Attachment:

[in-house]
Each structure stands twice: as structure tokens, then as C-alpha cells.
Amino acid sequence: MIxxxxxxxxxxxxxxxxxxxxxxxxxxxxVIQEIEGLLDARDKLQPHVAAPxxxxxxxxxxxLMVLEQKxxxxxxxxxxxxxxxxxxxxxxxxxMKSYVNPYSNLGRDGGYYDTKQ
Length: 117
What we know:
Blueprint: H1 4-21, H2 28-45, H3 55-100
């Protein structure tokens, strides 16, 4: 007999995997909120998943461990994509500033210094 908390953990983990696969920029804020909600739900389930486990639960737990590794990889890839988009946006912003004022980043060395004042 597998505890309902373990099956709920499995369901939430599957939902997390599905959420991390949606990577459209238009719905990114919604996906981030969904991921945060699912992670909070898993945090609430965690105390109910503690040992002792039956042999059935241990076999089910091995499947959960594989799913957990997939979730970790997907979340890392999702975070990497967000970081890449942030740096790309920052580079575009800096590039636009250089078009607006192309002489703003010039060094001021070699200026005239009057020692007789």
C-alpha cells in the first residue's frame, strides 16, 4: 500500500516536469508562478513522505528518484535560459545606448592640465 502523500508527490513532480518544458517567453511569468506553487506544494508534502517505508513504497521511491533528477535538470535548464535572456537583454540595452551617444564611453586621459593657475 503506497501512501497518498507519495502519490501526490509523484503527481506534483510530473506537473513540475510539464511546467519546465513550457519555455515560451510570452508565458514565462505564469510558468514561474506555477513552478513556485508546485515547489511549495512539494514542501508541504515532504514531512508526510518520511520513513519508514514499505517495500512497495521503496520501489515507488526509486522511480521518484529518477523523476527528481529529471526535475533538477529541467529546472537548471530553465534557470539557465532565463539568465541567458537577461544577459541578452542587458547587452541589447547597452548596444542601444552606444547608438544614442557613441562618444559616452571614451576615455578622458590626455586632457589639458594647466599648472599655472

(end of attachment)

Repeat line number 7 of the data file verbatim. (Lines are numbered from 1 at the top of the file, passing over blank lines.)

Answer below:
């Protein structure tokens, strides 16, 4: 007999995997909120998943461990994509500033210094 908390953990983990696969920029804020909600739900389930486990639960737990590794990889890839988009946006912003004022980043060395004042 597998505890309902373990099956709920499995369901939430599957939902997390599905959420991390949606990577459209238009719905990114919604996906981030969904991921945060699912992670909070898993945090609430965690105390109910503690040992002792039956042999059935241990076999089910091995499947959960594989799913957990997939979730970790997907979340890392999702975070990497967000970081890449942030740096790309920052580079575009800096590039636009250089078009607006192309002489703003010039060094001021070699200026005239009057020692007789």